The cover of Jillian Tamaki's Boundless, which features a person with long, dark hair pulling it up into a ponytail.

Boundless: A Review

BoundlessTo fans of Black Mirror, Jillian Tamaki‘s new graphic novel Boundless provides an earnest, but less foreboding, look at the ways in which technology and modern living can go awry. In each story, This One Summer co-author Tamaki draws from all-too-real anxieties about life in the social media age, mashing them up with a Kafkaesque sense of magical realism that leaves the reader feeling refreshed, instead of weighed down. Continue reading

A photograph by Andrea Reiman of the moon setting over a plateau.

The Stone Sky: A Review

The Stone Sky (The Broken Earth, #3)The Broken Earth trilogy concludes with The Stone Sky, an unputdownable final installment in author N.K. Jemisin‘s latest SFF series. Separated by the most recent Fifth Season, Essun and Nassun find themselves on a collision course as they race to end their planet’s seismic flux, once and for all. As you might have guessed, the following may spoil the events of The Fifth Season and The Obelisk Gate, my reviews of which you can read here and here. Continue reading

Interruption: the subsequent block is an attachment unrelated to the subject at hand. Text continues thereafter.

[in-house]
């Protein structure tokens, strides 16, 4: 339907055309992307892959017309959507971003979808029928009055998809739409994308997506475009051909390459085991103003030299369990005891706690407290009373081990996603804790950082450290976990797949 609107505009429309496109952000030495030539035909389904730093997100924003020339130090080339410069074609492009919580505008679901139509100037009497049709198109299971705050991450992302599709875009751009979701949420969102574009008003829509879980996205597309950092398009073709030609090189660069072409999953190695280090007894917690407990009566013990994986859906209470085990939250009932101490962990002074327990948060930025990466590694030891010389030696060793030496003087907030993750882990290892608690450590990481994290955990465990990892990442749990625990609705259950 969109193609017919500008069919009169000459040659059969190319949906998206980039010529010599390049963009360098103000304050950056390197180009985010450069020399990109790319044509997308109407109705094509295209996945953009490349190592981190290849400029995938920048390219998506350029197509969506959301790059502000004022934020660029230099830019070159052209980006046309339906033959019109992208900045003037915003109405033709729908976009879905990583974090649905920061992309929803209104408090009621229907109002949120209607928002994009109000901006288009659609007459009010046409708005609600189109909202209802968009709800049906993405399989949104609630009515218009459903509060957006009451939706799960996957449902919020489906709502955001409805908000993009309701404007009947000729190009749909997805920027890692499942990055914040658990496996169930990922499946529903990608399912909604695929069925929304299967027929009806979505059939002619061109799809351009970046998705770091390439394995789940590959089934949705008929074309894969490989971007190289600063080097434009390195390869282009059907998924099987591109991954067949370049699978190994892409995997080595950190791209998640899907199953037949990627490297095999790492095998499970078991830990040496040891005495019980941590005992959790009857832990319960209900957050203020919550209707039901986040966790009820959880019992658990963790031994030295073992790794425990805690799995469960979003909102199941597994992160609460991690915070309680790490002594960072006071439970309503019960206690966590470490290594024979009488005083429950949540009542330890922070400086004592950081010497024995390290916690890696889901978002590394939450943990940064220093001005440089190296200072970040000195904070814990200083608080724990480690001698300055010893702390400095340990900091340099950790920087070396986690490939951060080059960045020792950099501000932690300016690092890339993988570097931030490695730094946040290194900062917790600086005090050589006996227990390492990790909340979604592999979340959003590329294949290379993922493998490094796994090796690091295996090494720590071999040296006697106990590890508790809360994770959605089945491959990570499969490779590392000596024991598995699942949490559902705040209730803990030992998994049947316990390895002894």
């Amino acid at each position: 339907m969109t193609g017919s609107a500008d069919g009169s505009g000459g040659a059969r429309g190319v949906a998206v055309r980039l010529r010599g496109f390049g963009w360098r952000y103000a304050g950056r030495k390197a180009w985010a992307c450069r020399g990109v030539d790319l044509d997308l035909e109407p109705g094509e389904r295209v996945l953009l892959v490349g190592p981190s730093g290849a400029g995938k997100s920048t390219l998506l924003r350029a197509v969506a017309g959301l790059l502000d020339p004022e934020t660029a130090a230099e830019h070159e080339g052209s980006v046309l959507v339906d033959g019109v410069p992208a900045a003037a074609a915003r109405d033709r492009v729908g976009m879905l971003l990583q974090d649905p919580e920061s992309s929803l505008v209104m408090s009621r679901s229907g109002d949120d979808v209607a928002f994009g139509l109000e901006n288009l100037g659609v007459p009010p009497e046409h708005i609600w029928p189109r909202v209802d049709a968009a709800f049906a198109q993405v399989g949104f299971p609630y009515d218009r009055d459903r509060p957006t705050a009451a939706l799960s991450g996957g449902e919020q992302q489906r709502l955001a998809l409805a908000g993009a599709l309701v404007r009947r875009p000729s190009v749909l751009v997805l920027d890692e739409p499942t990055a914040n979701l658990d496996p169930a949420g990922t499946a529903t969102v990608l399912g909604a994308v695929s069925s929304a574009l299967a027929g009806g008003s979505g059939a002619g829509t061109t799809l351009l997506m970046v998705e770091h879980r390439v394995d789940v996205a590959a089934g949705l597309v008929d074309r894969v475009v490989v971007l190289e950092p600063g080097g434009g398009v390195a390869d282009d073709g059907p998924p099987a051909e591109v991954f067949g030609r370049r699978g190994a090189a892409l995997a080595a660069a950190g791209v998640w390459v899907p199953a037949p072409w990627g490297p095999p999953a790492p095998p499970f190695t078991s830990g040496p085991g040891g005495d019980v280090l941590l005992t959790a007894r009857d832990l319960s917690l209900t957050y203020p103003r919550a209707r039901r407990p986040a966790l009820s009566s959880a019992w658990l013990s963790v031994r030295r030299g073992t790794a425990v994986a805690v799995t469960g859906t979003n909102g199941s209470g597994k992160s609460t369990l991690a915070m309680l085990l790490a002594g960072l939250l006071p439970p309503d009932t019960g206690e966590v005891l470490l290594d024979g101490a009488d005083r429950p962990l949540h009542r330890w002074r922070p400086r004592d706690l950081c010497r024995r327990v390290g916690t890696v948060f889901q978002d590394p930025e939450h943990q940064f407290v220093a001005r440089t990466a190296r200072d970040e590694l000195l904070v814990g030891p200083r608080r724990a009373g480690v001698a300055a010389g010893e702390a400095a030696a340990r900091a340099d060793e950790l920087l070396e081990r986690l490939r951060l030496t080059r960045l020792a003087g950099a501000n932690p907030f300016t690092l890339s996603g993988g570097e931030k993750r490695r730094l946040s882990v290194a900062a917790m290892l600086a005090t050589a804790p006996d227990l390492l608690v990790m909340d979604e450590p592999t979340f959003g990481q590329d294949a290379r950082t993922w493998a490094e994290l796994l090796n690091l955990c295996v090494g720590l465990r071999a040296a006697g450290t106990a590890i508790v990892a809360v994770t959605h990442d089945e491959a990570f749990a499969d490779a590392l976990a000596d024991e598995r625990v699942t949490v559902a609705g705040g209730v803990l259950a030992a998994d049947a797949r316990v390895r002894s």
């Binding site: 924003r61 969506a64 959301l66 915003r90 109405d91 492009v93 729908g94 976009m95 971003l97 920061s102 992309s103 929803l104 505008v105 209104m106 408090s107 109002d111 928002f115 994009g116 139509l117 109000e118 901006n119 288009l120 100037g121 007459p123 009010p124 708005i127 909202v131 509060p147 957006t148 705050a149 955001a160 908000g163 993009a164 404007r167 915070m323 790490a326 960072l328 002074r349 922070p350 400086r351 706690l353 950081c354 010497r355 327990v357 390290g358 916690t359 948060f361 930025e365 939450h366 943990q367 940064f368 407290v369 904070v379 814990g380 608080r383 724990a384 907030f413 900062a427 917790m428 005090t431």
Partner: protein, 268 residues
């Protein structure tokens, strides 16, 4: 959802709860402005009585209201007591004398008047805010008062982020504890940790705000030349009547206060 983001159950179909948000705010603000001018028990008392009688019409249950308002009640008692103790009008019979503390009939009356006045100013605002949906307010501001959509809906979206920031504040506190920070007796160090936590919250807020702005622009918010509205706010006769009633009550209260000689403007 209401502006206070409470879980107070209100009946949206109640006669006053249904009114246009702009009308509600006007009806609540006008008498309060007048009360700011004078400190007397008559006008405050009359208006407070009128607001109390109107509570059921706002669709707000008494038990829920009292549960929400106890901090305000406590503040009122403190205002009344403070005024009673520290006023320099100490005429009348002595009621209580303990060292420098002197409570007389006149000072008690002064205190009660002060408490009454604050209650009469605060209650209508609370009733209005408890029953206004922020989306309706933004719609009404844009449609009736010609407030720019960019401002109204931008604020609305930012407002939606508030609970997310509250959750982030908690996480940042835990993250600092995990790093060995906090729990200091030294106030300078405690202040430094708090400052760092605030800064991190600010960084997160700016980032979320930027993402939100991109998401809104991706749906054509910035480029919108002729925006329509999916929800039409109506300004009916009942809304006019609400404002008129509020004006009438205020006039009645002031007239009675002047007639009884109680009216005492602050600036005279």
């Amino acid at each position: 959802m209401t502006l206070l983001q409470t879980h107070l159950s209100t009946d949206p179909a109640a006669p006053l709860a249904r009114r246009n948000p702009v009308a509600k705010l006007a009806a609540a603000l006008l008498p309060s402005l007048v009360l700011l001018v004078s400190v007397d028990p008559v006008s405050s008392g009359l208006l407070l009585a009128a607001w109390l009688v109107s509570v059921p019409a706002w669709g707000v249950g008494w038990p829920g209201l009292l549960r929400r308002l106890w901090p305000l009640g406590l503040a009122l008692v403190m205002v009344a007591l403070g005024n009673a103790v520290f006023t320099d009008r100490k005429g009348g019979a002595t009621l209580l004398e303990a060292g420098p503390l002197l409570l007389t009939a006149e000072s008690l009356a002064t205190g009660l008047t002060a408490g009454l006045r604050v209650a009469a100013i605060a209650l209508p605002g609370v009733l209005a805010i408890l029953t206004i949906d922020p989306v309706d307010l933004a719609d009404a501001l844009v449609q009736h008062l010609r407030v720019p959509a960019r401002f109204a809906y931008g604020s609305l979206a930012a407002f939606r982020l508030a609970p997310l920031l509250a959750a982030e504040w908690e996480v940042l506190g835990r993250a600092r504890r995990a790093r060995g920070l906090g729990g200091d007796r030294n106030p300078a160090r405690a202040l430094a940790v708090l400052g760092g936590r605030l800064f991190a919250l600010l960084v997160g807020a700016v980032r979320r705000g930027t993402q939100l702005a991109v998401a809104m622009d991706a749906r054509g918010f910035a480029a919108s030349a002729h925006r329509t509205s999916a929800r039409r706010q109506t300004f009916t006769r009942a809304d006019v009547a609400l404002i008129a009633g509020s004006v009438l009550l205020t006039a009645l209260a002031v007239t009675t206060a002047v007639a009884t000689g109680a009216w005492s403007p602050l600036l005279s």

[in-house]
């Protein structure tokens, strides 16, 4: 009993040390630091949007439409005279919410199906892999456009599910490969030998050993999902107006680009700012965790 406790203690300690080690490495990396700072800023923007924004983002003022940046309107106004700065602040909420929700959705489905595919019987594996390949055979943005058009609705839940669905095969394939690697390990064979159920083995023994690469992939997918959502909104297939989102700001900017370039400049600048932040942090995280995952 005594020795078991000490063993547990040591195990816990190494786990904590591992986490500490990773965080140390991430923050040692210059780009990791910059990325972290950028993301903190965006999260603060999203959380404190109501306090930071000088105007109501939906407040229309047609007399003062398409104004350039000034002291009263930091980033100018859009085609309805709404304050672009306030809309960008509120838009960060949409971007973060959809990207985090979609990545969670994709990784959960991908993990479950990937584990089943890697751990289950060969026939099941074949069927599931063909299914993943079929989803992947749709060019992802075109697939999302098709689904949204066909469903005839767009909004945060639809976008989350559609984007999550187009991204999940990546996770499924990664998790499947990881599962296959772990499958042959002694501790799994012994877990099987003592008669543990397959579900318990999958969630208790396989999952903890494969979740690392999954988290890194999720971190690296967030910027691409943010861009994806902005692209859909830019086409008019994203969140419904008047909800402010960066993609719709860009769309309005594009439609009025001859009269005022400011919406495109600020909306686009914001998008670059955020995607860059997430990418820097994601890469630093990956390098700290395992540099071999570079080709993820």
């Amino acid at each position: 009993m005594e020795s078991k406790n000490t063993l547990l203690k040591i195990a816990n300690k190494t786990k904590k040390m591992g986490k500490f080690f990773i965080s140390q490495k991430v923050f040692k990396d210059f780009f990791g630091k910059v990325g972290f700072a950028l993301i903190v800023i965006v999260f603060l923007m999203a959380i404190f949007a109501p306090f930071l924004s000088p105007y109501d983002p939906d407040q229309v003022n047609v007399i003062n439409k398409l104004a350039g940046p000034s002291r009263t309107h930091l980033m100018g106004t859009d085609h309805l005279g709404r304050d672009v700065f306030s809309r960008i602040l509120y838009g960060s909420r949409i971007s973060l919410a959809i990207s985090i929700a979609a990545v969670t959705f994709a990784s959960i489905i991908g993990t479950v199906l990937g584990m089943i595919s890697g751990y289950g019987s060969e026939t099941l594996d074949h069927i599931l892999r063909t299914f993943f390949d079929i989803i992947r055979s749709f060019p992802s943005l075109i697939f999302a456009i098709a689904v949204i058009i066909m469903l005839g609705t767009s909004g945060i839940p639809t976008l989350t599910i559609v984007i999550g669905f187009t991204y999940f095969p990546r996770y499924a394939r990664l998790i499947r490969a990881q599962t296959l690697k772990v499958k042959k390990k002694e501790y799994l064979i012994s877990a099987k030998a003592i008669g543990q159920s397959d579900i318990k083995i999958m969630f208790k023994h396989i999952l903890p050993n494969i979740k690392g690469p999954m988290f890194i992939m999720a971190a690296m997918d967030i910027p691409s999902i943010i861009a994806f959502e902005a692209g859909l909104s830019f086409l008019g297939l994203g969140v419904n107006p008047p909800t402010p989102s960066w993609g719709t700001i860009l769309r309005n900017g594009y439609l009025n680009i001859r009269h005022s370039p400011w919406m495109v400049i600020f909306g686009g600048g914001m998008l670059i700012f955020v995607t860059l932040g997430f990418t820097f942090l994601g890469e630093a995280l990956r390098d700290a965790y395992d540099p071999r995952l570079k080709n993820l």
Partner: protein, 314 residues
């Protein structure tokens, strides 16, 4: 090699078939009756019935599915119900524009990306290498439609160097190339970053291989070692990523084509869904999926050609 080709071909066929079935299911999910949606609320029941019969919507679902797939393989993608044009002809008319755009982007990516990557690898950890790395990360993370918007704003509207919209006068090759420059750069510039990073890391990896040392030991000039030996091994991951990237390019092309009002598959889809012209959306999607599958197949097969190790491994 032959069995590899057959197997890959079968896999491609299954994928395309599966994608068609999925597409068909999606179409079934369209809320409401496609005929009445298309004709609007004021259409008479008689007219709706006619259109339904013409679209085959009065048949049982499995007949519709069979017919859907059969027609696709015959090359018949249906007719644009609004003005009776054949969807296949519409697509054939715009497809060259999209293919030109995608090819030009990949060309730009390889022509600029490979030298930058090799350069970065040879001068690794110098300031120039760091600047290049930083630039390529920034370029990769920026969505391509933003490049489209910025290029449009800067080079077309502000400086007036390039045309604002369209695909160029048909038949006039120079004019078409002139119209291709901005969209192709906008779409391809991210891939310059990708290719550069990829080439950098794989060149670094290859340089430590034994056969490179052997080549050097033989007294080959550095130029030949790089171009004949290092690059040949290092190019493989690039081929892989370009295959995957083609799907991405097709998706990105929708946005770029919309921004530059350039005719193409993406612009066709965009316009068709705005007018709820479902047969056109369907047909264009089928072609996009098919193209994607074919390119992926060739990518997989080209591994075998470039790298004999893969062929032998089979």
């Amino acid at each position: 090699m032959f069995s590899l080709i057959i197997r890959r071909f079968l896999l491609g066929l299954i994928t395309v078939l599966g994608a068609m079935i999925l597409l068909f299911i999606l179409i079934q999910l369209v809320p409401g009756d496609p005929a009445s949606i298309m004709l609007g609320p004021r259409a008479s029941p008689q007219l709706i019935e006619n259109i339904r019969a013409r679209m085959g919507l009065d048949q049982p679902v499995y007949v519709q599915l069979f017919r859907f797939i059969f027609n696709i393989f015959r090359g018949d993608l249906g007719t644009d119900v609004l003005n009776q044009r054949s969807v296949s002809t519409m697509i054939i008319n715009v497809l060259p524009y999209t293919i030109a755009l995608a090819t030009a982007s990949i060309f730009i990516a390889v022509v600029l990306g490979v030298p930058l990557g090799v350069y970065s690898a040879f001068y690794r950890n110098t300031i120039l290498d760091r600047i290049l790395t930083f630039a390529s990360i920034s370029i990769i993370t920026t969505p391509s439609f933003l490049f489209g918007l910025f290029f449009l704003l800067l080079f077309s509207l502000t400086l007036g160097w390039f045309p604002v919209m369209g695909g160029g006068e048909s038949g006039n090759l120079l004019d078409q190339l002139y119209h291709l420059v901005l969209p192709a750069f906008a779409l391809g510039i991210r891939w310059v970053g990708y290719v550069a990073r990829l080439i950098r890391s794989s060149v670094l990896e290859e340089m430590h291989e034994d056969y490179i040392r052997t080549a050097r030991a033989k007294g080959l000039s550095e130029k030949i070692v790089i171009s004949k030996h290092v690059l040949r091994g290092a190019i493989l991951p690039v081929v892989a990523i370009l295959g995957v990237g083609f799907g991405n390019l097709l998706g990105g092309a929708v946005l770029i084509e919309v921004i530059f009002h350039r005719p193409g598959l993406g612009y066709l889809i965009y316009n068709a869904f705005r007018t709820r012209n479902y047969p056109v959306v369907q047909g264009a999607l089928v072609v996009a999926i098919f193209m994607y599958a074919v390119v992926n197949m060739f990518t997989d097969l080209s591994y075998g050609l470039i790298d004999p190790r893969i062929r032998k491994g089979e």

The Accusation Review

The Accusation: A Review

The AccusationIt’s only natural to expect people in the U.S. to be fascinated by — and a little wary of — news out of North Korea. The Hermit Kingdom has become our new boogeyman, replacing China and Russia as the focus of our Red Scare. But given the United States’ near-total lack of communication with the other country, the bulk of our narratives about North Korea come from outsiders, from imaginative novelists and traveling teachers, or from defectors who have successfully found asylum elsewhere. All of this warrants saying, because all of this is necessary for readers to understand just how unique The Accusation, the first foreign-published book by a North Korean author living in North Korea — in this case, Bandi — is. There’s no other short-story collection like it in the world. Continue reading